od, I wish I’d had this book before programming TUSK tower, my computer-driven interlocking tower on my Tuscarora Branch Line railroad.
More on that in a bit.
So, Interlocking Towers are those control-tower-looking-structures you used to see along railroad lines. They came about because sending crews scrambling about in the middle of the night, in the rain, to align a route for the express sometimes ended up with hard feelings and smoldering causalities. Interlocking Towers were the computers of their era (from the 1880s to the 1960s). The operator, standing in his high perch, would use long levers to set signals and switches along his area of control (his interlocking plant). But the true beauty of the system was that incorrect (or fatal) routes would lock out. Set an eastbound signal on track one and the westbound signal on the same track would lock out (meaning the lever wouldn’t throw). This made sure that only correct routing could be entered. And it’s fascinating, since the steam-punky mechanisms that allowed this to happen filled the bottom floor of the tower (actually, the machines were placed first, then the towers constructed around them). Absolutely amazing.
So, when a friend passed away and his widow asked us to carry away his book collection, I was stunned when someone pointed this one out – it is the full details from one Stephen A. McEvoy on how his tower (S.S. 44 “Berk” along the busy mainline between New York and New Haven) actually worked. He goes down to the literal nuts and bolts, describing everything about its operation.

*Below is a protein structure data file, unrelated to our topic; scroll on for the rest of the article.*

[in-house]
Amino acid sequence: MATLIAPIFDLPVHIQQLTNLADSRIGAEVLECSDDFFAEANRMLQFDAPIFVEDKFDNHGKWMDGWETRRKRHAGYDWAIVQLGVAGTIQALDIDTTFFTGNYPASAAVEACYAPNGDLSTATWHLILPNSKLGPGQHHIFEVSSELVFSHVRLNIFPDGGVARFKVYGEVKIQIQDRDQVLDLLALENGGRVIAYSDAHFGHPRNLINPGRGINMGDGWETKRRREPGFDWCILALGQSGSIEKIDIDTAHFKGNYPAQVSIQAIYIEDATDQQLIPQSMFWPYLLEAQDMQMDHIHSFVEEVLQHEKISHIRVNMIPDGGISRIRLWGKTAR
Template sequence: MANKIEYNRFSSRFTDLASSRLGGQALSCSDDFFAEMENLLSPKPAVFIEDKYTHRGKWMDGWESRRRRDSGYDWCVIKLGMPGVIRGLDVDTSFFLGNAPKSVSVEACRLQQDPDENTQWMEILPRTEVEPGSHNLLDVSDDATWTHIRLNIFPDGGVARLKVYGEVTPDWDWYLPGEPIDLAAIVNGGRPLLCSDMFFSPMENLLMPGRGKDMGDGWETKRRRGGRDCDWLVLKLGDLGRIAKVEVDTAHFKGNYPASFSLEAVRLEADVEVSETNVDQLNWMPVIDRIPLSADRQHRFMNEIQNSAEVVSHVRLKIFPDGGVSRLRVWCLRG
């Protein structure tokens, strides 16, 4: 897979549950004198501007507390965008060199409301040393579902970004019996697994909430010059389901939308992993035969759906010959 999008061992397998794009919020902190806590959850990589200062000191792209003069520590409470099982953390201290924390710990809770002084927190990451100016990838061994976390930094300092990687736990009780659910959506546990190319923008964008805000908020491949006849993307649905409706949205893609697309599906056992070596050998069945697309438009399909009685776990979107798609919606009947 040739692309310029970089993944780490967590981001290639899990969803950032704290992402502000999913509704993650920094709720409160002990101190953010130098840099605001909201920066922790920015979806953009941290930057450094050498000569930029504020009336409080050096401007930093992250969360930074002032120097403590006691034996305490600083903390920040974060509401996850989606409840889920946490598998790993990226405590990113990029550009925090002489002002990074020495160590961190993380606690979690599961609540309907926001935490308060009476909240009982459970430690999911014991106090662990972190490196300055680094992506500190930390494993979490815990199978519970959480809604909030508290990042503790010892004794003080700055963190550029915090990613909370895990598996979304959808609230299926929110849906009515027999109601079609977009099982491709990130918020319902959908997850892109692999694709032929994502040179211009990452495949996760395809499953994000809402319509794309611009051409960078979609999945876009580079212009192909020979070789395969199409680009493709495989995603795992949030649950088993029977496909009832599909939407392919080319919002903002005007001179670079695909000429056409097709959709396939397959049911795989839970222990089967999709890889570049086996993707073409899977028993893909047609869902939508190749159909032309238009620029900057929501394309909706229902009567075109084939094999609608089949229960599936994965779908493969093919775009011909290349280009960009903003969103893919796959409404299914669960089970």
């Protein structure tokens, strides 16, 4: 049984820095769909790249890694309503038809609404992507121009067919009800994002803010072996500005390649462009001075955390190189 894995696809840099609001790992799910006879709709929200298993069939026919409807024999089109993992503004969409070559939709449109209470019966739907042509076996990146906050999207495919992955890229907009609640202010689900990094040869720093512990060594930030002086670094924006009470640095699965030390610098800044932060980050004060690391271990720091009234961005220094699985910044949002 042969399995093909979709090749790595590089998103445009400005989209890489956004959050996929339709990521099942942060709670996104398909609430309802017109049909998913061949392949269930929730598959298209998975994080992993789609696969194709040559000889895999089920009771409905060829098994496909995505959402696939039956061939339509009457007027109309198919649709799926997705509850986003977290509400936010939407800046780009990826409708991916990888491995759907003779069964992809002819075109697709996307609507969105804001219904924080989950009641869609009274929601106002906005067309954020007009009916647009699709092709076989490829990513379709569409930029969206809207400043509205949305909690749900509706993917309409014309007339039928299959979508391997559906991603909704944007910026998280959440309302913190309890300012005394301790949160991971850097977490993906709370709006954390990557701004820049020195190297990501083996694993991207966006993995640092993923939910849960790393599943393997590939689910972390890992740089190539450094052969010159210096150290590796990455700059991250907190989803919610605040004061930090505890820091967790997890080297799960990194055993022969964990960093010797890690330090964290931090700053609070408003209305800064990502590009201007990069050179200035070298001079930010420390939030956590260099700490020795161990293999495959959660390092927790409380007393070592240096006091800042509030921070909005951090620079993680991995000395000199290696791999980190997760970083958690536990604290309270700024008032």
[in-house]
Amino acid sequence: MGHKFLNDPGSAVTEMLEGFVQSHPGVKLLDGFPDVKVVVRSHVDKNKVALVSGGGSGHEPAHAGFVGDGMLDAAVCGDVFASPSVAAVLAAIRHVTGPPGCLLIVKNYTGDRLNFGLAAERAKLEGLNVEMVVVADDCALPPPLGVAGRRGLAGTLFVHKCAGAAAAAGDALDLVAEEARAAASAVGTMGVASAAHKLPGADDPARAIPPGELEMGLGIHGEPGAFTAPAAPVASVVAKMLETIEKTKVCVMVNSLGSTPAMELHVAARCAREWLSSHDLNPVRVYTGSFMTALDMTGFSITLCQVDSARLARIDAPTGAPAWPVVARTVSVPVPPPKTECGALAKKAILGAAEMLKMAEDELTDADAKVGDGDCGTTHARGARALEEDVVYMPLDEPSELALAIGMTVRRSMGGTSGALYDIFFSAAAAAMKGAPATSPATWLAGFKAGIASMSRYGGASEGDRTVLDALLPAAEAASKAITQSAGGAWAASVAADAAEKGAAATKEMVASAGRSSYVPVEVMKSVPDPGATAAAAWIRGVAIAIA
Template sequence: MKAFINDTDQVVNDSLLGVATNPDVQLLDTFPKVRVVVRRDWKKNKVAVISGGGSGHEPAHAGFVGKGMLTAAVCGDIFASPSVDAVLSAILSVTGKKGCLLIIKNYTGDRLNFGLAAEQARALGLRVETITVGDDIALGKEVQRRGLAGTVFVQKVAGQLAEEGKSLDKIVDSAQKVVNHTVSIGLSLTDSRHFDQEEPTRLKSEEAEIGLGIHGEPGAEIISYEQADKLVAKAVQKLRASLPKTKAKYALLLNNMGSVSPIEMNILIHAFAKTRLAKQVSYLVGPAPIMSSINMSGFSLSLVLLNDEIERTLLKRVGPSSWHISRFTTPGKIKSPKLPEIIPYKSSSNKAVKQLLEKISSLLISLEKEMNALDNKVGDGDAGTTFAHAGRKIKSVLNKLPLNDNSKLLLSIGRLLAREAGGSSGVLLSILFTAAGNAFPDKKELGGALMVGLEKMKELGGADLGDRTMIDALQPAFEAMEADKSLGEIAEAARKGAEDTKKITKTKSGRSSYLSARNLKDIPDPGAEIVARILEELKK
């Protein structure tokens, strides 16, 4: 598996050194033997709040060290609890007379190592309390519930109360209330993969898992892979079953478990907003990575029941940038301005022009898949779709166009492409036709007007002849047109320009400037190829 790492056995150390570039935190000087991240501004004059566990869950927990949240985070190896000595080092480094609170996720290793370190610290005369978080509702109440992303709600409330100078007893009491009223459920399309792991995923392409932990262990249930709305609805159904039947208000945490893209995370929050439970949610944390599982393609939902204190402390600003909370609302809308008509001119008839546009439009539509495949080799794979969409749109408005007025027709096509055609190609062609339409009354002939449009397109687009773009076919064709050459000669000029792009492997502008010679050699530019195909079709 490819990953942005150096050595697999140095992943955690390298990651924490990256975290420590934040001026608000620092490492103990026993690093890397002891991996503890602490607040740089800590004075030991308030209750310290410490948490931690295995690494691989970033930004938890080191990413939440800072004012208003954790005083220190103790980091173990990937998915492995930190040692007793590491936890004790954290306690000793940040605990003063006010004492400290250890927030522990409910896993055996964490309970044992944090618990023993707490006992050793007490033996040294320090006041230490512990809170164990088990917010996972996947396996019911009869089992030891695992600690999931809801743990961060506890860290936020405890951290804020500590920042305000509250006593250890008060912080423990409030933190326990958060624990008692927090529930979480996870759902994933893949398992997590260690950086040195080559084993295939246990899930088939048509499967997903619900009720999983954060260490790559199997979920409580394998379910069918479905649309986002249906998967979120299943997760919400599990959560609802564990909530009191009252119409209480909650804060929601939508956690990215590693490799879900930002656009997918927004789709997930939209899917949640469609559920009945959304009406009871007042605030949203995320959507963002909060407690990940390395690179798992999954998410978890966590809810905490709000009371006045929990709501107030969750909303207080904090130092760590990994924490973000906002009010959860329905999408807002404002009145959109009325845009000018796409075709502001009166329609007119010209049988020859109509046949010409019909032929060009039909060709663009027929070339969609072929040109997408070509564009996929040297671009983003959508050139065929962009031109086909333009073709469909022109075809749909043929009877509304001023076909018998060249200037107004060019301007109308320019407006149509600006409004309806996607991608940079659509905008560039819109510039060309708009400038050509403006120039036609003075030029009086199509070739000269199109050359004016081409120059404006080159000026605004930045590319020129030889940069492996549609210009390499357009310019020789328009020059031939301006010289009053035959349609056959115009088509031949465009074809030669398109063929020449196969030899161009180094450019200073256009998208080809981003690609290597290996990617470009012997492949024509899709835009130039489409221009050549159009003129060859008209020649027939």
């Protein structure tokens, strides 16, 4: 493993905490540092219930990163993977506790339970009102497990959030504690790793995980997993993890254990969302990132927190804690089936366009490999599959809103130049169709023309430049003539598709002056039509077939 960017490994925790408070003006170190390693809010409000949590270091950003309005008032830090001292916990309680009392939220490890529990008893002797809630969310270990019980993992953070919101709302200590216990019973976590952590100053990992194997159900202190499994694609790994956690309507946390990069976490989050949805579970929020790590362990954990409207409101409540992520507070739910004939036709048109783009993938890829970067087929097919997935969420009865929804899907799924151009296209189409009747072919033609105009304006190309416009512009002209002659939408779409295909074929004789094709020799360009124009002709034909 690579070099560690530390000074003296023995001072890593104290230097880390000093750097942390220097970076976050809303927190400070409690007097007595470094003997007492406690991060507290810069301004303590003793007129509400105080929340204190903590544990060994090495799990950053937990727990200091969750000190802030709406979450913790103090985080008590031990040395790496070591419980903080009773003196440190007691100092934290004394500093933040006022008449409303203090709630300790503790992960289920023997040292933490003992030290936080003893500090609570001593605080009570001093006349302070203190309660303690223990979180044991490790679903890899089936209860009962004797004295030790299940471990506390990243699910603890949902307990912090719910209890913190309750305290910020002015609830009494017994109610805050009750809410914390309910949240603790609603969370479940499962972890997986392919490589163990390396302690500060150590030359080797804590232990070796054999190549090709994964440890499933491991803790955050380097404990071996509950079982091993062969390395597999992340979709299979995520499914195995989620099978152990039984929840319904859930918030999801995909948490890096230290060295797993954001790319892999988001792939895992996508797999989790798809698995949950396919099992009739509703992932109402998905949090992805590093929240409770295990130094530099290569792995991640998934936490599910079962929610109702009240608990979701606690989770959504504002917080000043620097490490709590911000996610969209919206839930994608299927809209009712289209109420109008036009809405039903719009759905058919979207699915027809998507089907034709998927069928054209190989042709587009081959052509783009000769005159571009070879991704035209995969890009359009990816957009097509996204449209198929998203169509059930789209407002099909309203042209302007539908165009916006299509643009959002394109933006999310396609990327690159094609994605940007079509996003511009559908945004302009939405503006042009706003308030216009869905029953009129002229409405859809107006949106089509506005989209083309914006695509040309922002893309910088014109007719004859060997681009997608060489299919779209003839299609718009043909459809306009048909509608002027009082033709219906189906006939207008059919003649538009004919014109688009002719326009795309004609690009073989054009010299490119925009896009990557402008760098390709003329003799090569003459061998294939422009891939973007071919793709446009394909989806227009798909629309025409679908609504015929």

And that’s the rub – I have an interlocking that I built using long toggle switches and circuit boards. Unfortunately, for the little devices known as facing point locks (which I added as a strictly software aspect) I actually got them backwards. When I read his clear statement on how they worked, lever-wise, I dug through other reference material and carefully reading the tower-wall manipulation charts in old photographs (and watching a YouTube video on another tower being operated), I realized I did have my lever throws for the locks backwards. Alas. So I’m going to try to override the software (and if that doesn’t work, God give me the grace to accept it). So we’ll see.
But that aside, The Classic Railway Signal Tower is a wonderful reference book, not only for railfans but for students of technology and fans of steampunk. After all, the latter group dreams of this sort of levered-interlocking-megamachines and here it is, to study and enjoy.
Great book. If only I’d known about it two years sooner.